The independent student newspaper at the University of Illinois since 1871

The Daily Illini

The independent student newspaper at the University of Illinois since 1871

The Daily Illini

The independent student newspaper at the University of Illinois since 1871

The Daily Illini

The independent student newspaper at the University of Illinois since 1871

The Daily Illini

Opinion | Aging is no longer acceptable

Amy Sanchez

On Sept. 28 of this year, British actress and activist Jameela Jamil made a post on her Instagram in which she criticized the intense obsession with aging — or rather staying “young” — in LA. 

“You have no idea until you stop seeing it how crazy the conditioning is, to become accustomed to only seeing men look as though they have lived,” Jamil wrote in response to a change in her environment during a trip to Europe. “I don’t mean to shame anyone with fillers or Botox, because many of them look beautiful. But is it not also beautiful to see variety and signs of life and expression?”

At first glance, I didn’t think much of the post. As a young woman, I try my best to refrain from discouraging other women from getting any cosmetic procedures that might make them feel more confident. However, as I thought more about Jamil’s message, I started to question just how voluntary these attempts at preventing aging are. 

As my mom stretches into her fifties, self-deprecating comments about her appearance or contemplations on whether or not she should get Botox have become more and more common. I find it difficult to see or understand the flaws that she seems to point out with such clarity, so I thought I would delve more into the subject on my own.

While anti-aging practices have been in place for hundreds of years, a war on wrinkles and any physical signs of aging seems to have only grown stronger with the normalization of Botox in recent years.

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In one article from The New York Times, dermatologist Panta Rouhani Schaffer said that the influx in patients requesting Botox was first seen in the past few years due to the pandemic, “ … when people have spent so much time staring at themselves on screens.”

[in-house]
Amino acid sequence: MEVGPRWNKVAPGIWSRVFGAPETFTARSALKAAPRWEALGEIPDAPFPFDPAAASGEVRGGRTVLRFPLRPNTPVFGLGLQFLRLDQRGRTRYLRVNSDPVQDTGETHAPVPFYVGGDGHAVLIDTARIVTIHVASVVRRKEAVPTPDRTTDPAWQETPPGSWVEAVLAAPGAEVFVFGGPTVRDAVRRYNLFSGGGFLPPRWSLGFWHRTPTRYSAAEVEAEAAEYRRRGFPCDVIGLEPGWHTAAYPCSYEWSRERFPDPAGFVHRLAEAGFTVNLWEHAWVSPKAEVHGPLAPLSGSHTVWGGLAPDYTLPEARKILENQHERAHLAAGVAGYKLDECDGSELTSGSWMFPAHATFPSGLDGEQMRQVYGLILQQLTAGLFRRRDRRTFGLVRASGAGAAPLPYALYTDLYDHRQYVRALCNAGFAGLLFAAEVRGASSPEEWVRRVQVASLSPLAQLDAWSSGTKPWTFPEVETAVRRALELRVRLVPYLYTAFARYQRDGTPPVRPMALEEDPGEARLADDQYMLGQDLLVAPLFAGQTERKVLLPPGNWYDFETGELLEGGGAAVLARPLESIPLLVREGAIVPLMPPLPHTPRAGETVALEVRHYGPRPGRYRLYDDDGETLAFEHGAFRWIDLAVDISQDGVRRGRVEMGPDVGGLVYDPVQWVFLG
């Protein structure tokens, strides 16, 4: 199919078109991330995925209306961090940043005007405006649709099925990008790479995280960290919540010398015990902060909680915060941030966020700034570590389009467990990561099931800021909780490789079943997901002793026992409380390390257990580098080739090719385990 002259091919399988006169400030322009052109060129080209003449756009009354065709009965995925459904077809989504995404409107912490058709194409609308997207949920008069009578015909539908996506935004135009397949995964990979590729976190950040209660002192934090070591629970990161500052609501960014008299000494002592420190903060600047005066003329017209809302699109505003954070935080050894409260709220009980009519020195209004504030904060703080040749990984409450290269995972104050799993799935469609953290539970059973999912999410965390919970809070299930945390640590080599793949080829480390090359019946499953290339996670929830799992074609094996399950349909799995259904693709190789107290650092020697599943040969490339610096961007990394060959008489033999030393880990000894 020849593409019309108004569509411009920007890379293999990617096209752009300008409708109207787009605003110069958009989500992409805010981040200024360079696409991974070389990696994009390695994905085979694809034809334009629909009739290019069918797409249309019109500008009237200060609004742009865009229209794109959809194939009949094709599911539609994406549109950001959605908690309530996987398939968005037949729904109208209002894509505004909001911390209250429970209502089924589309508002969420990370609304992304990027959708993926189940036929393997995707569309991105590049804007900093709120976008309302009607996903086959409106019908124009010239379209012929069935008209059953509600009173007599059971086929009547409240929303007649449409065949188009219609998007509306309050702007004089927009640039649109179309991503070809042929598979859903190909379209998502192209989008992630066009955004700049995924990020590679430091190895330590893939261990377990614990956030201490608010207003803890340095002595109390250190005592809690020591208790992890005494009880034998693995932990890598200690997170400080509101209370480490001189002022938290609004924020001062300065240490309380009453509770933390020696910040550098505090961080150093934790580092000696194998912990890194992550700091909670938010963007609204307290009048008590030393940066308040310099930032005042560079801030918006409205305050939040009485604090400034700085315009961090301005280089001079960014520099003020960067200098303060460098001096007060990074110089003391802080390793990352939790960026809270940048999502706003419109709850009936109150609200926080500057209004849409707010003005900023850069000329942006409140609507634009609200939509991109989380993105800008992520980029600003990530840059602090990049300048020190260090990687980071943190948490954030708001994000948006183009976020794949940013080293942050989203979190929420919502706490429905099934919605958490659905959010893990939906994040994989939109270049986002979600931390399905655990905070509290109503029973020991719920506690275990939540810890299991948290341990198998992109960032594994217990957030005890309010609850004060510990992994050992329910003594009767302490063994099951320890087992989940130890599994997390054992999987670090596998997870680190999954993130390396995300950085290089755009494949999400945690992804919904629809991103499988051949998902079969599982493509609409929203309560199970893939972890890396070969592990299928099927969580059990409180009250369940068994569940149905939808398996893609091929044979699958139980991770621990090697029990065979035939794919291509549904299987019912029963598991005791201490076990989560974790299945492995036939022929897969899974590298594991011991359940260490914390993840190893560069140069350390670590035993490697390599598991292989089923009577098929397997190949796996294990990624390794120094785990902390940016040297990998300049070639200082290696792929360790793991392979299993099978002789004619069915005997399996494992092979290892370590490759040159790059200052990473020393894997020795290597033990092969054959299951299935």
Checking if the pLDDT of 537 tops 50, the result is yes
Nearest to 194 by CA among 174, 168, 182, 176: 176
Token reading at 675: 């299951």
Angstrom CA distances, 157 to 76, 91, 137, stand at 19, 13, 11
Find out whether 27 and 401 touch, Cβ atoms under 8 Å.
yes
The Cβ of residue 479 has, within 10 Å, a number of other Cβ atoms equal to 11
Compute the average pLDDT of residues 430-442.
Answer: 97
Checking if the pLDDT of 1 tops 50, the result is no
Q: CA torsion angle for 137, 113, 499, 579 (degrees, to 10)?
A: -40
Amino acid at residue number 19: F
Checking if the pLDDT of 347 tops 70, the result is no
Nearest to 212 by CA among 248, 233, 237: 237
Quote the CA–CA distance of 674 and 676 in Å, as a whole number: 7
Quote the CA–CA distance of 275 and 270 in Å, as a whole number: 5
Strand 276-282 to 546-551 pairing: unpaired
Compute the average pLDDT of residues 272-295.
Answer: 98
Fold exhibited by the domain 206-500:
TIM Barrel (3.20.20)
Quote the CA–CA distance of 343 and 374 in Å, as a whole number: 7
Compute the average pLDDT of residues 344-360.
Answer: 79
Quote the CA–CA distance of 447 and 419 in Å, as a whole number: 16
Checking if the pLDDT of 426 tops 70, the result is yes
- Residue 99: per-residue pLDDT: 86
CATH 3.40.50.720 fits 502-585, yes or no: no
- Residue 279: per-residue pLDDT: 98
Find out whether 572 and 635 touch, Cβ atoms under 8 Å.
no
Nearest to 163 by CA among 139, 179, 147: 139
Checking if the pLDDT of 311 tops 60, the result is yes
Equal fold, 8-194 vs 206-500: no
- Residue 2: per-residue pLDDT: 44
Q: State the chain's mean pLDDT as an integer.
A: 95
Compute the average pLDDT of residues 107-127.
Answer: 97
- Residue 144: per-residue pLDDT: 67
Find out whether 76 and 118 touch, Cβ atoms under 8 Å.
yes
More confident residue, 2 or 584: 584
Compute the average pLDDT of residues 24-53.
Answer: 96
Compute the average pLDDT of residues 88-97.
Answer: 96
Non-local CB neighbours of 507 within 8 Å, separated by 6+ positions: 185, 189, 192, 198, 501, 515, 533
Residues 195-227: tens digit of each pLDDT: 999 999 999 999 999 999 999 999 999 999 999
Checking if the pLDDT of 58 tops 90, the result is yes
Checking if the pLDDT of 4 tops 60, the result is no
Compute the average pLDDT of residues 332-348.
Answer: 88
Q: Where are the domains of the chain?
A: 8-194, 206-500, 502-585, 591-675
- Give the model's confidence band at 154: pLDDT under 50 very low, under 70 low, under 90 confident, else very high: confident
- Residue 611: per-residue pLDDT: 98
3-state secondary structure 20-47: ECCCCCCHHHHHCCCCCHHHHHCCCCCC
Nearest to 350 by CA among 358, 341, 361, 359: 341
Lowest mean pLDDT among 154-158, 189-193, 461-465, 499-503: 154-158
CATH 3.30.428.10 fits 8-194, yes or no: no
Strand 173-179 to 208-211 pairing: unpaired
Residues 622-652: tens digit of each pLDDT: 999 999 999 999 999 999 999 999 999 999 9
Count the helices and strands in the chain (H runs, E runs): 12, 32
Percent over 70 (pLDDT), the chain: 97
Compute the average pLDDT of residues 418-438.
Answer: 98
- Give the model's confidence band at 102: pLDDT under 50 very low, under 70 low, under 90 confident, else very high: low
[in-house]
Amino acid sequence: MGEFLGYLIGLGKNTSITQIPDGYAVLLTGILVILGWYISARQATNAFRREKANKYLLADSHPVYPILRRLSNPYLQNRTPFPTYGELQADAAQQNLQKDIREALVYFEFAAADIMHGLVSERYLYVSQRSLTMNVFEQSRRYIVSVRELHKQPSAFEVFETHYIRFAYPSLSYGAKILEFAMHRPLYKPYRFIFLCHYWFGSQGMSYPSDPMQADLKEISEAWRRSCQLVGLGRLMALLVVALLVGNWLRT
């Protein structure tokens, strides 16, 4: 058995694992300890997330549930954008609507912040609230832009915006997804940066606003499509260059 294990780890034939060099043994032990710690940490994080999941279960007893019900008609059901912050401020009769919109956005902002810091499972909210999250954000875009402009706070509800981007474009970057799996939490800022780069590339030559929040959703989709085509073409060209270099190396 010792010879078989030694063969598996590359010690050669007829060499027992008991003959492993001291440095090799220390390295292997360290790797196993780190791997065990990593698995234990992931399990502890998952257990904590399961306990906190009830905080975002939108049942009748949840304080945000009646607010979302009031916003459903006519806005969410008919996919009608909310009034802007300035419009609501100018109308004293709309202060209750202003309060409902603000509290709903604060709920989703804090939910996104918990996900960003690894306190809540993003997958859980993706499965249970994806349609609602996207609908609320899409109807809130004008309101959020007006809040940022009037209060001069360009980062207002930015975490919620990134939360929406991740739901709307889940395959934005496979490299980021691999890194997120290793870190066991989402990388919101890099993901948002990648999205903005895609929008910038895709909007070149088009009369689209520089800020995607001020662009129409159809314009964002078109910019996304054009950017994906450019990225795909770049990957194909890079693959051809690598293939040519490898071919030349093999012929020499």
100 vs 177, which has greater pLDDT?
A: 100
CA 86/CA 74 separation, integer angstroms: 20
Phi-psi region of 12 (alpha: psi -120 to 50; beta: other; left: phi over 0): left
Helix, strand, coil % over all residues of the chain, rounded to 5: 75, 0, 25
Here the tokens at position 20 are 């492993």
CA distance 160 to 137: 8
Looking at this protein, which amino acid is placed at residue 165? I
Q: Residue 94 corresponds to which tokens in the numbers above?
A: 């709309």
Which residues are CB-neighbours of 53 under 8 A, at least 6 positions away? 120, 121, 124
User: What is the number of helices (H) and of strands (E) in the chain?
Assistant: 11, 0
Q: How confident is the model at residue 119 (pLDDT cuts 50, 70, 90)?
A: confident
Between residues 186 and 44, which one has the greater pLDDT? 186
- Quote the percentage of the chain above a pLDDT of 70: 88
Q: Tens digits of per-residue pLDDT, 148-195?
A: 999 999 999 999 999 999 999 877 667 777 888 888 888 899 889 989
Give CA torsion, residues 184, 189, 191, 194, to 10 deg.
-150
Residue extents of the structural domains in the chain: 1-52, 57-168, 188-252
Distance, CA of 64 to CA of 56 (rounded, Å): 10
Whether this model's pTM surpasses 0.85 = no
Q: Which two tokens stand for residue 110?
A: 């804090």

This increase in botox usage isn’t exclusive to middle-aged women: Some millennials and Gen Zers have claimed that they plan on starting Botox in their twenties or thirties. 

Young women are more inclined than ever before to alter their appearance for societal approval with the emergence of preventative Botox, a practice that uses Botox to treat wrinkles that haven’t even appeared yet. However, this trendy injection has been criticized and disclaimed by multiple dermatologists and estheticians who refuse to treat patients that are too young.

The ultimate effects of this popularized beauty procedure can be seen on more than just the face.

By normalizing the need to change one’s face as they age, society creates pressure for women to seize their youth for as long as possible before they reach a predetermined expiration date.

Although being in control of your own appearance can be empowering, feeling a need to comply with an impossible-to-meet beauty standard is quite the opposite.

When I look at the lines that trace my mom or any other woman’s face, I see the life that she has lived and the places she has been. I see the variety and authenticity that Jamil was so desperate to find outside of a world of manufactured smiles, and I find myself hoping that I will be able to look proudly at that same beauty in myself one day.


Hailey is a sophomore in Business.

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Amy Sanchez
Amy Sanchez, Graphics Editor
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